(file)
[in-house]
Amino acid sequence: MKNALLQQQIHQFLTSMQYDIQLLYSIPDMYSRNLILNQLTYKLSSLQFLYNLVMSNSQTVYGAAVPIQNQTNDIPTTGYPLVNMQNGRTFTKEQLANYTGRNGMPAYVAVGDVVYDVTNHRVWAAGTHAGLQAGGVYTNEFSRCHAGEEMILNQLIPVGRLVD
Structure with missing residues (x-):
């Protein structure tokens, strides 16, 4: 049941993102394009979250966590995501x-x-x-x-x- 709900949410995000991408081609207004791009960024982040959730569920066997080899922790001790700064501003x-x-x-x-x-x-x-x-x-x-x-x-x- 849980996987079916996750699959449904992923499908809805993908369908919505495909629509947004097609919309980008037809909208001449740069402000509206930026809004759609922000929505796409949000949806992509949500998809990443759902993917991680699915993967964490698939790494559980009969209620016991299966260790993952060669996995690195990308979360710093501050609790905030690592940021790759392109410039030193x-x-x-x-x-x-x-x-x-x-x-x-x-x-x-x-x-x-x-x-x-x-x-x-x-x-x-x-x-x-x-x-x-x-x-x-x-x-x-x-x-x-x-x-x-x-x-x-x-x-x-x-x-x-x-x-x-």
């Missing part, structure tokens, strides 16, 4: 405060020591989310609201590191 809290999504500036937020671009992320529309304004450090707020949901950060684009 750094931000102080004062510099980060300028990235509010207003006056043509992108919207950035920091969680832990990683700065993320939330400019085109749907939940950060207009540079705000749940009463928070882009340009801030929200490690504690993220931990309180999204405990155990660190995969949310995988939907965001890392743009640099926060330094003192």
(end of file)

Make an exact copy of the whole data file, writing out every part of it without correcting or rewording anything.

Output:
[in-house]
Amino acid sequence: MKNALLQQQIHQFLTSMQYDIQLLYSIPDMYSRNLILNQLTYKLSSLQFLYNLVMSNSQTVYGAAVPIQNQTNDIPTTGYPLVNMQNGRTFTKEQLANYTGRNGMPAYVAVGDVVYDVTNHRVWAAGTHAGLQAGGVYTNEFSRCHAGEEMILNQLIPVGRLVD
Structure with missing residues (x-):
């Protein structure tokens, strides 16, 4: 049941993102394009979250966590995501x-x-x-x-x- 709900949410995000991408081609207004791009960024982040959730569920066997080899922790001790700064501003x-x-x-x-x-x-x-x-x-x-x-x-x- 849980996987079916996750699959449904992923499908809805993908369908919505495909629509947004097609919309980008037809909208001449740069402000509206930026809004759609922000929505796409949000949806992509949500998809990443759902993917991680699915993967964490698939790494559980009969209620016991299966260790993952060669996995690195990308979360710093501050609790905030690592940021790759392109410039030193x-x-x-x-x-x-x-x-x-x-x-x-x-x-x-x-x-x-x-x-x-x-x-x-x-x-x-x-x-x-x-x-x-x-x-x-x-x-x-x-x-x-x-x-x-x-x-x-x-x-x-x-x-x-x-x-x-």
């Missing part, structure tokens, strides 16, 4: 405060020591989310609201590191 809290999504500036937020671009992320529309304004450090707020949901950060684009 750094931000102080004062510099980060300028990235509010207003006056043509992108919207950035920091969680832990990683700065993320939330400019085109749907939940950060207009540079705000749940009463928070882009340009801030929200490690504690993220931990309180999204405990155990660190995969949310995988939907965001890392743009640099926060330094003192």